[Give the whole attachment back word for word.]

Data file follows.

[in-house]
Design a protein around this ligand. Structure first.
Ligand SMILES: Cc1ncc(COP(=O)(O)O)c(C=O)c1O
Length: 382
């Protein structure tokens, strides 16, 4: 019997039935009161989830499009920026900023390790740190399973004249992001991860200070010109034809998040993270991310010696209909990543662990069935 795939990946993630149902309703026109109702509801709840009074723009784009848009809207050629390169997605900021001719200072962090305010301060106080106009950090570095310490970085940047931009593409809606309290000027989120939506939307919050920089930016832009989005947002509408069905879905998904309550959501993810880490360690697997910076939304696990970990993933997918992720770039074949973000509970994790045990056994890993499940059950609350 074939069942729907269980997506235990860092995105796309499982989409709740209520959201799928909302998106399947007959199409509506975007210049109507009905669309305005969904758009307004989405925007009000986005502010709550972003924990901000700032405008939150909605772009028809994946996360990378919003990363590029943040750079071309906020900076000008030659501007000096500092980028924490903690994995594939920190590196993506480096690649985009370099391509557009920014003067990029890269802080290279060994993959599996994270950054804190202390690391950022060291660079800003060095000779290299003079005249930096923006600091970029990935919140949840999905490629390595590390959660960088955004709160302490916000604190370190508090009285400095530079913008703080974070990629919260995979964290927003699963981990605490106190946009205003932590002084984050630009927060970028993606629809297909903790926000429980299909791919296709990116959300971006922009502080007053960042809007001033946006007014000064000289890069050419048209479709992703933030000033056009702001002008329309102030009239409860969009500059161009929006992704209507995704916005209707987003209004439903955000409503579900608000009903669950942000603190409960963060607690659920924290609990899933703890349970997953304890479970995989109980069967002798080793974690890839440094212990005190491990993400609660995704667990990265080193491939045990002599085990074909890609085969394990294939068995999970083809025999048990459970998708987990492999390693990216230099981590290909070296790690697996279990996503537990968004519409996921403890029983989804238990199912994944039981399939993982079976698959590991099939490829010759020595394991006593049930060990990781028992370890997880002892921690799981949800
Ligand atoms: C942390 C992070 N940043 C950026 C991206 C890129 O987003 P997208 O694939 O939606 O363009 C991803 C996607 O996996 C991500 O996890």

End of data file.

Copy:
[in-house]
Design a protein around this ligand. Structure first.
Ligand SMILES: Cc1ncc(COP(=O)(O)O)c(C=O)c1O
Length: 382
């Protein structure tokens, strides 16, 4: 019997039935009161989830499009920026900023390790740190399973004249992001991860200070010109034809998040993270991310010696209909990543662990069935 795939990946993630149902309703026109109702509801709840009074723009784009848009809207050629390169997605900021001719200072962090305010301060106080106009950090570095310490970085940047931009593409809606309290000027989120939506939307919050920089930016832009989005947002509408069905879905998904309550959501993810880490360690697997910076939304696990970990993933997918992720770039074949973000509970994790045990056994890993499940059950609350 074939069942729907269980997506235990860092995105796309499982989409709740209520959201799928909302998106399947007959199409509506975007210049109507009905669309305005969904758009307004989405925007009000986005502010709550972003924990901000700032405008939150909605772009028809994946996360990378919003990363590029943040750079071309906020900076000008030659501007000096500092980028924490903690994995594939920190590196993506480096690649985009370099391509557009920014003067990029890269802080290279060994993959599996994270950054804190202390690391950022060291660079800003060095000779290299003079005249930096923006600091970029990935919140949840999905490629390595590390959660960088955004709160302490916000604190370190508090009285400095530079913008703080974070990629919260995979964290927003699963981990605490106190946009205003932590002084984050630009927060970028993606629809297909903790926000429980299909791919296709990116959300971006922009502080007053960042809007001033946006007014000064000289890069050419048209479709992703933030000033056009702001002008329309102030009239409860969009500059161009929006992704209507995704916005209707987003209004439903955000409503579900608000009903669950942000603190409960963060607690659920924290609990899933703890349970997953304890479970995989109980069967002798080793974690890839440094212990005190491990993400609660995704667990990265080193491939045990002599085990074909890609085969394990294939068995999970083809025999048990459970998708987990492999390693990216230099981590290909070296790690697996279990996503537990968004519409996921403890029983989804238990199912994944039981399939993982079976698959590991099939490829010759020595394991006593049930060990990781028992370890997880002892921690799981949800
Ligand atoms: C942390 C992070 N940043 C950026 C991206 C890129 O987003 P997208 O694939 O939606 O363009 C991803 C996607 O996996 C991500 O996890």